NEW YORK • The United States Tennis Association (USTA) said on Sunday that it would review its communication policies after a string of umpiring controversies at the US Open.
Umpire Mohamed Lahyani was reprimanded by organisers for going "beyond protocol" when he climbed down from his chair to give Nick Kyrgios a mid-match pep talk during the Australian's second-round match against Pierre-Hugues Herbert.
His colleague Christian Rask then came in for criticism after he handed a code violation to Alize Cornet after she removed her shirt on court as it was on backwards. The tournament subsequently released a statement saying it regretted that she had been given a violation.
And last Saturday, former world No. 1 Serena Williams was handed three penalties by Carlos Ramos during the second set of her final against winner Naomi Osaka, sparking a firestorm of debate.
USTA spokesman Chris Widmaier said: "These incidents will prompt us to analyse ways of perhaps instituting some change. It could potentially help everybody if there was some more consistency to this."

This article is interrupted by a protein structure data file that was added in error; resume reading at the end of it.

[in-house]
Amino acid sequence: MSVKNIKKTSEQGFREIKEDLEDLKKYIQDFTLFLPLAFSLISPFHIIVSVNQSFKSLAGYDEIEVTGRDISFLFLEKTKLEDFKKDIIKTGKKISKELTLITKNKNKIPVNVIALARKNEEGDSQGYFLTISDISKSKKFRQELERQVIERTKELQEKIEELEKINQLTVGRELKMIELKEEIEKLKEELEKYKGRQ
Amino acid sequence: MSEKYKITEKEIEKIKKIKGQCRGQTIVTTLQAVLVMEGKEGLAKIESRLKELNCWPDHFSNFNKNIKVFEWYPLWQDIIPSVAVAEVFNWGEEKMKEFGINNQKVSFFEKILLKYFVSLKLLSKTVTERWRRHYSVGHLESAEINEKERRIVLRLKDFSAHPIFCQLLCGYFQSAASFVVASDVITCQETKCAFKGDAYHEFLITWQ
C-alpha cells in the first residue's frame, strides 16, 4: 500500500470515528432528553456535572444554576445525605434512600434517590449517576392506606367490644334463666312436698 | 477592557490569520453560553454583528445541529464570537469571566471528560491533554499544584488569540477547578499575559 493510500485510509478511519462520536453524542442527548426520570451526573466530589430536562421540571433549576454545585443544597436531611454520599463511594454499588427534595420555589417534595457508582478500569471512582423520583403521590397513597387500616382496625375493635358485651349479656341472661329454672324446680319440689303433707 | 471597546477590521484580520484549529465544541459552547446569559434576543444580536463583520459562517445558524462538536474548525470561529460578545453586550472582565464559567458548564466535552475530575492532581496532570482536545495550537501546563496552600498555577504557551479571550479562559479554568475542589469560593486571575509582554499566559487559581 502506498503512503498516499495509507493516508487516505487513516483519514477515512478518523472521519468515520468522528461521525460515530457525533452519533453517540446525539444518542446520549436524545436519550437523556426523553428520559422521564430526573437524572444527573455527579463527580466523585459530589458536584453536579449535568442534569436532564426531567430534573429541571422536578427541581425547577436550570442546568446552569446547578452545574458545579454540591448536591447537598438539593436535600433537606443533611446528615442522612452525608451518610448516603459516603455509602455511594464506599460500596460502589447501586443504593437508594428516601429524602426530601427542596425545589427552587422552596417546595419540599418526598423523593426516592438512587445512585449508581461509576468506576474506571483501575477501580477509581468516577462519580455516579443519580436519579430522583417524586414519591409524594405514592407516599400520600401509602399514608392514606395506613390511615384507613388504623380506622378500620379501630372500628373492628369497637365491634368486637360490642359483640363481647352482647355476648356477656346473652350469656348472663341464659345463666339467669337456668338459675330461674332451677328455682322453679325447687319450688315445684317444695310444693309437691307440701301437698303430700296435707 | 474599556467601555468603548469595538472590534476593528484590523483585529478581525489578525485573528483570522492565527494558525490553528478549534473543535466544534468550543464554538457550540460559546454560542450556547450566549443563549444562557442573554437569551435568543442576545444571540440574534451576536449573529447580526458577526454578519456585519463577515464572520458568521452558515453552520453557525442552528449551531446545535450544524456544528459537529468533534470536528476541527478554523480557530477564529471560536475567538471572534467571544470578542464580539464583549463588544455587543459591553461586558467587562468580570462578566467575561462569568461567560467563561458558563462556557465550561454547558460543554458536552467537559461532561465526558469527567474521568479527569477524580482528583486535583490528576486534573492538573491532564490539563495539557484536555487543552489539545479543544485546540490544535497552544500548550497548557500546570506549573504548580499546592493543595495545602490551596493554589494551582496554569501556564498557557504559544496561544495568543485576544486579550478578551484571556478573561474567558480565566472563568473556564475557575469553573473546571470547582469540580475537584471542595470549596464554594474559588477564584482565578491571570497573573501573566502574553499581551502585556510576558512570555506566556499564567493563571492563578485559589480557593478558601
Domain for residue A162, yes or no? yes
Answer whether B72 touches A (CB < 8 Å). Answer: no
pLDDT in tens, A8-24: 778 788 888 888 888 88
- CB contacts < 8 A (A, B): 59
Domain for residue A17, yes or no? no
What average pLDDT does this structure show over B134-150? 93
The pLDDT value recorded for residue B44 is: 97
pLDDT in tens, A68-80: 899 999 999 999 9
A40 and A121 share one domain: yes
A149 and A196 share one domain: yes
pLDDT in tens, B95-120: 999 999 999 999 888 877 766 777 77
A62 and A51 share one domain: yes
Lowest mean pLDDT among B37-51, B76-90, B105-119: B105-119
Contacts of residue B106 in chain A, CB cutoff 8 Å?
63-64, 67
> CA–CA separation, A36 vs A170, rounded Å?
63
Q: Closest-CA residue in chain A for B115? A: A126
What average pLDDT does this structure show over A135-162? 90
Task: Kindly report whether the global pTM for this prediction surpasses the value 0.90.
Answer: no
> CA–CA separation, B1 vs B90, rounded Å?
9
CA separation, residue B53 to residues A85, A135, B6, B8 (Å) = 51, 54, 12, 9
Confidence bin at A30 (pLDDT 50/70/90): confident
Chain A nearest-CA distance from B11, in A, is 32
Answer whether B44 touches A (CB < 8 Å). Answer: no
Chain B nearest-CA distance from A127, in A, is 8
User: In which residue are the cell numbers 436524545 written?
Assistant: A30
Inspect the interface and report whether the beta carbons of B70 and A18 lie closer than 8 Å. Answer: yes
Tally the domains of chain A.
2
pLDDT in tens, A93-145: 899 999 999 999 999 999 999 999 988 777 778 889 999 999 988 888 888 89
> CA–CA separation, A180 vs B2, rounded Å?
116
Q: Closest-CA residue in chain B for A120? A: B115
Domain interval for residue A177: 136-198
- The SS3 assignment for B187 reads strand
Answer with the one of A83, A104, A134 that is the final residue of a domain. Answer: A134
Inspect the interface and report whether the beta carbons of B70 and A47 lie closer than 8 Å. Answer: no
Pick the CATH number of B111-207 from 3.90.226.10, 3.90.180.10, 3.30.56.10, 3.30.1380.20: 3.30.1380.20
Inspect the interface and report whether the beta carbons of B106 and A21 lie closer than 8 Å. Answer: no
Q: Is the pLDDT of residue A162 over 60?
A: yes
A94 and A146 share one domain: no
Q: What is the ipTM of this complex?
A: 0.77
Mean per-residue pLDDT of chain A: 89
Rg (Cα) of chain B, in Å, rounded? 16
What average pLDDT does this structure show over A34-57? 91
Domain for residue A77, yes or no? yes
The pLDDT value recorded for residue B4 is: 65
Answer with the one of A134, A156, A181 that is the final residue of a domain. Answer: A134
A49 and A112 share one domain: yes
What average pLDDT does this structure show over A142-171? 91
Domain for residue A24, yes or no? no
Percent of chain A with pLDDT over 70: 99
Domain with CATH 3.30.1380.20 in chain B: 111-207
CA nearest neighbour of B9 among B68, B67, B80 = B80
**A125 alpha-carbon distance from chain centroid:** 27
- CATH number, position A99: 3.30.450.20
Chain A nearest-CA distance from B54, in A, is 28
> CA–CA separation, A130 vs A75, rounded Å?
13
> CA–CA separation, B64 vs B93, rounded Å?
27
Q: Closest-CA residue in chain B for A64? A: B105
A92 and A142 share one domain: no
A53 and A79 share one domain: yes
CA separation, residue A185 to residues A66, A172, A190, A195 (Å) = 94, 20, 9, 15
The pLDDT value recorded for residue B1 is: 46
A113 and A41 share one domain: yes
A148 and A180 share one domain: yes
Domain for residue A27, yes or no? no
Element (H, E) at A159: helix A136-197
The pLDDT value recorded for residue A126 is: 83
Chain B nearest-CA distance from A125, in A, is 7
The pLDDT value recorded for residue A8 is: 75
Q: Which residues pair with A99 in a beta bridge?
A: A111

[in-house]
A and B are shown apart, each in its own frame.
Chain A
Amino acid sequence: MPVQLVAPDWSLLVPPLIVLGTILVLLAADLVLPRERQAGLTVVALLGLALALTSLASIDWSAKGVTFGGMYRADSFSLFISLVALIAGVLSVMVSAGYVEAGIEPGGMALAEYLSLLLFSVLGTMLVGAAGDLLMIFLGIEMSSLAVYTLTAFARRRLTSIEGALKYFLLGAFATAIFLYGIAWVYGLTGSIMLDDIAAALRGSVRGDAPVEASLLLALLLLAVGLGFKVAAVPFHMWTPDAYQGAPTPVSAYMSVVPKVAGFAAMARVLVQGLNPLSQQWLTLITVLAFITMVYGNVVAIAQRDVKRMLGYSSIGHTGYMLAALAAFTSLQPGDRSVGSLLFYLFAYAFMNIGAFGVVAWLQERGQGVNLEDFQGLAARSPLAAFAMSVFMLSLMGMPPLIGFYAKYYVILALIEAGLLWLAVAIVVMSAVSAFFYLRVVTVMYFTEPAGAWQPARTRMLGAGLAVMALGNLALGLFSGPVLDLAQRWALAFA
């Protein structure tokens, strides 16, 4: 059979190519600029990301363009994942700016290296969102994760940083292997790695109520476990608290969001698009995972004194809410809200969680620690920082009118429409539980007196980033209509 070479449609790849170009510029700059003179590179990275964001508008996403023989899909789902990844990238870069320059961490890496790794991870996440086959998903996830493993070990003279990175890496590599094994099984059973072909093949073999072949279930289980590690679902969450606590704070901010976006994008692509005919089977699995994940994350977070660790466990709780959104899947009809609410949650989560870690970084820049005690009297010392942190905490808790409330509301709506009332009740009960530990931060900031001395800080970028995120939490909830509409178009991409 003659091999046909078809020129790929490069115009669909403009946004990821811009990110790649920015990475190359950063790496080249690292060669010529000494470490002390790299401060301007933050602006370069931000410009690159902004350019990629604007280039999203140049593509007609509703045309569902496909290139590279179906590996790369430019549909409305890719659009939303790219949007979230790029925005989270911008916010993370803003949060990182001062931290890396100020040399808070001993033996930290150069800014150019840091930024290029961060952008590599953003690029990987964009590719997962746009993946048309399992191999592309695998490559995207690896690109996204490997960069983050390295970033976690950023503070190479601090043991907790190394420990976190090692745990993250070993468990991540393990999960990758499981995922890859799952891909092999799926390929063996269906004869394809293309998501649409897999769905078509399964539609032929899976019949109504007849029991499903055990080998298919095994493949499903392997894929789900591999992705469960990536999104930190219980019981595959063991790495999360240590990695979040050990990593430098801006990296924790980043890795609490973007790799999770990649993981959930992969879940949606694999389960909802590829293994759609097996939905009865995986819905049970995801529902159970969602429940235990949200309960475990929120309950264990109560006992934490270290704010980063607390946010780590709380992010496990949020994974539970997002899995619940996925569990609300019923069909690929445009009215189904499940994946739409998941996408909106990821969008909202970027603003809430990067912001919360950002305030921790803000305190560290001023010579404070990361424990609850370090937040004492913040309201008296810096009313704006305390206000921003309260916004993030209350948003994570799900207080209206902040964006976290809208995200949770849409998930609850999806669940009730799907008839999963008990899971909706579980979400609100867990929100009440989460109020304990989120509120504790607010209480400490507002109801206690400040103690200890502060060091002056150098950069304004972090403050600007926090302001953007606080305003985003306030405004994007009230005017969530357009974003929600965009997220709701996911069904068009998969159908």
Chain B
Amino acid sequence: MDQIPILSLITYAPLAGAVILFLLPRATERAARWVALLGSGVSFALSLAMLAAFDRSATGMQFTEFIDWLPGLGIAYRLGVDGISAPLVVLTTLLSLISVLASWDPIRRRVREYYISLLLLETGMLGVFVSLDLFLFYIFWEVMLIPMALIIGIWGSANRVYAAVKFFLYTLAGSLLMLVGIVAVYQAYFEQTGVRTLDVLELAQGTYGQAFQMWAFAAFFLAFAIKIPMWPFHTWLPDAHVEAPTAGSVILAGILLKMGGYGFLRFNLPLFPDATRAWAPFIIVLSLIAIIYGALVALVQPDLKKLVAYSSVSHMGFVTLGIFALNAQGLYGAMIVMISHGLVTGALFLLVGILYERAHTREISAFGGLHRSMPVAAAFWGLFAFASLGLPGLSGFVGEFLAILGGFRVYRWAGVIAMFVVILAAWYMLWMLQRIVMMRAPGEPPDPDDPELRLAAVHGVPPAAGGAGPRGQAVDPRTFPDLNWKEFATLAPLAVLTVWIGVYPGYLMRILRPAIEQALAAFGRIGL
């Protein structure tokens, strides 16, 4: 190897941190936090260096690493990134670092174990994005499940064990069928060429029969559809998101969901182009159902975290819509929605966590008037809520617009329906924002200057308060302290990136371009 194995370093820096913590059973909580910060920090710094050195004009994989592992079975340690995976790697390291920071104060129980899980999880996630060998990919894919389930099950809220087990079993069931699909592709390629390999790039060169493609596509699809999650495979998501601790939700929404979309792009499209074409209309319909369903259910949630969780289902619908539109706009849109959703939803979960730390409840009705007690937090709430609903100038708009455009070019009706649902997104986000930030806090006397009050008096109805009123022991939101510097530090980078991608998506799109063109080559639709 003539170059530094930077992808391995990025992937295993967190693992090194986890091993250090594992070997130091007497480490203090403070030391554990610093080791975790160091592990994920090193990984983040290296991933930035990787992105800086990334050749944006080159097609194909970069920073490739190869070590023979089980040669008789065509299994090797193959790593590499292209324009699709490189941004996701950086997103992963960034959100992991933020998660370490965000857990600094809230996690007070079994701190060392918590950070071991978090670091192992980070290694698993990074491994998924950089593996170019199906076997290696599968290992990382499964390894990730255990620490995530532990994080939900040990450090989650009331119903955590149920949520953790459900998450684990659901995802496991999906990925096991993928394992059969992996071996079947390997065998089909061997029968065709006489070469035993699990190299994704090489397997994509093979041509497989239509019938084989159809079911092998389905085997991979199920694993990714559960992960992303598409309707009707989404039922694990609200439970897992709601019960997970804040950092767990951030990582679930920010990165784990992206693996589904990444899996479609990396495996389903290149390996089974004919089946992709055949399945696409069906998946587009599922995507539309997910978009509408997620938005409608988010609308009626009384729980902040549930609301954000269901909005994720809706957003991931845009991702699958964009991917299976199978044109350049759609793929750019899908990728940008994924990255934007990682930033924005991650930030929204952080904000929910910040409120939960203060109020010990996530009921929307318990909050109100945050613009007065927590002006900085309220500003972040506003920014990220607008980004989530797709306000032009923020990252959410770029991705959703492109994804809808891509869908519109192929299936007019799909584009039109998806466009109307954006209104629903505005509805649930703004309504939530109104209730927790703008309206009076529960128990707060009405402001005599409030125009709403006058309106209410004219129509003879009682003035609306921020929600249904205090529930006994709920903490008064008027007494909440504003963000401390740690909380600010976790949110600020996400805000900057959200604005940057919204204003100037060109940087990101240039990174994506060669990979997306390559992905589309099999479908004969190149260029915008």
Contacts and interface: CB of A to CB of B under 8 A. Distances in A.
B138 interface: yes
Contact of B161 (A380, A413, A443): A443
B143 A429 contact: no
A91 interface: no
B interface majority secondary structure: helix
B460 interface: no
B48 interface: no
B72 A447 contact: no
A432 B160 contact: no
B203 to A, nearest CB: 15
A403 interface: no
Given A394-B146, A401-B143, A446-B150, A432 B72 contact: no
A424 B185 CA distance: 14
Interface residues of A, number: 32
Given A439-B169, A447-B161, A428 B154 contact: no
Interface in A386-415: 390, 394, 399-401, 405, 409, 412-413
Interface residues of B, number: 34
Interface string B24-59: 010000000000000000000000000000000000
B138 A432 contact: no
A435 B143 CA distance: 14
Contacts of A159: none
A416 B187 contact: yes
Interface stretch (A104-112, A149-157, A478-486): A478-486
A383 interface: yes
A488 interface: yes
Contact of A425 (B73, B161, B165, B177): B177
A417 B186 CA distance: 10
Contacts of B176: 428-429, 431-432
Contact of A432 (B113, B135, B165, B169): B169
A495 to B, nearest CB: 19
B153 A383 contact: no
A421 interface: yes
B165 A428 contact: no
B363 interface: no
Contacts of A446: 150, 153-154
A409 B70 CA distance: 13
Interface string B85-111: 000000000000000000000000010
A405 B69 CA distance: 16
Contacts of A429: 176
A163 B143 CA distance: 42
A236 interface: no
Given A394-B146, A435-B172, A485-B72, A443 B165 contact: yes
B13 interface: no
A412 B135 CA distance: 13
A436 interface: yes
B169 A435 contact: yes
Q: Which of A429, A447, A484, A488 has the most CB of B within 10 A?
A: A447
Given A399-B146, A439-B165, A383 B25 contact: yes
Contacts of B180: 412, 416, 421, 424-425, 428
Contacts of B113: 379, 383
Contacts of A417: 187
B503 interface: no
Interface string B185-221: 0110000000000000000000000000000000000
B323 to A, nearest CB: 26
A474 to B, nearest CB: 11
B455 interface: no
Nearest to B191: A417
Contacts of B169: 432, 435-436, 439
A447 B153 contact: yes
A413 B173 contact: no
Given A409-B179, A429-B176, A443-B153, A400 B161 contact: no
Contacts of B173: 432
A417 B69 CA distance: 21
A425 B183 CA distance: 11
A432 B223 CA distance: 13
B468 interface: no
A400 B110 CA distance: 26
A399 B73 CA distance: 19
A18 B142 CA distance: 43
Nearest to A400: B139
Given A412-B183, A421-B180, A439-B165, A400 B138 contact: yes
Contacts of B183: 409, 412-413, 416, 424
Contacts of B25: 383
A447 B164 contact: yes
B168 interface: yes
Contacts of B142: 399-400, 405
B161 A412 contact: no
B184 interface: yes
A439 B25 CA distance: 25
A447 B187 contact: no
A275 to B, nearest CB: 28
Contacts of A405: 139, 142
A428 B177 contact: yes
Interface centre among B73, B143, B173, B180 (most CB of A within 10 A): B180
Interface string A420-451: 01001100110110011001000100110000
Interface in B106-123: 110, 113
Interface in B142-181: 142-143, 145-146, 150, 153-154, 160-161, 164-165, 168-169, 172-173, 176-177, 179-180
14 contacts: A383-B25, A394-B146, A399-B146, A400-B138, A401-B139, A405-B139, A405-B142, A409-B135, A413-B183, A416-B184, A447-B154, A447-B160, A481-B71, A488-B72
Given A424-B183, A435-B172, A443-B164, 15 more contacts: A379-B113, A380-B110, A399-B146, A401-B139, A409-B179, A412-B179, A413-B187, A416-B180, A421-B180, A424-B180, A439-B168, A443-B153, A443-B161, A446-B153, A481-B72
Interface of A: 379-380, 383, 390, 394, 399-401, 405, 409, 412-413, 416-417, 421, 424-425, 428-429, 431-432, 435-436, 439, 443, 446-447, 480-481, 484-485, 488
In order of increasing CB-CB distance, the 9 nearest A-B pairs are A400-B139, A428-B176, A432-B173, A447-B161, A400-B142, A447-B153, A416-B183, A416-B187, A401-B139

The Women's Tennis Association on Sunday also expressed disappointment over the handling of the final. "(The WTA) is committed to working with the sport to ensure that all players are treated the same. We do not believe that this was done last night," chief executive Steve Simon said.
He also called for coaching, one of the offences for which Williams received a violation, to be permitted, with Widmaier confirming plans are in place to review that issue.
Craig Tiley, the Australian Open tournament director, also weighed in on the debate yesterday, saying that coaching - which is allowed at WTA events, but not at ATP or Grand Slam events - remained a grey area.
Fine (US$17,000) Serena Williams was handed for her outbursts and three code violations during the US Open final.
Mark Kovacs, executive director of the International Tennis Performance Association, added that the officiating controversies at the US Open had to lead to change. "Consistency in the application of the rules is clearly needed," he said.
AGENCE FRANCE-PRESSE, REUTERS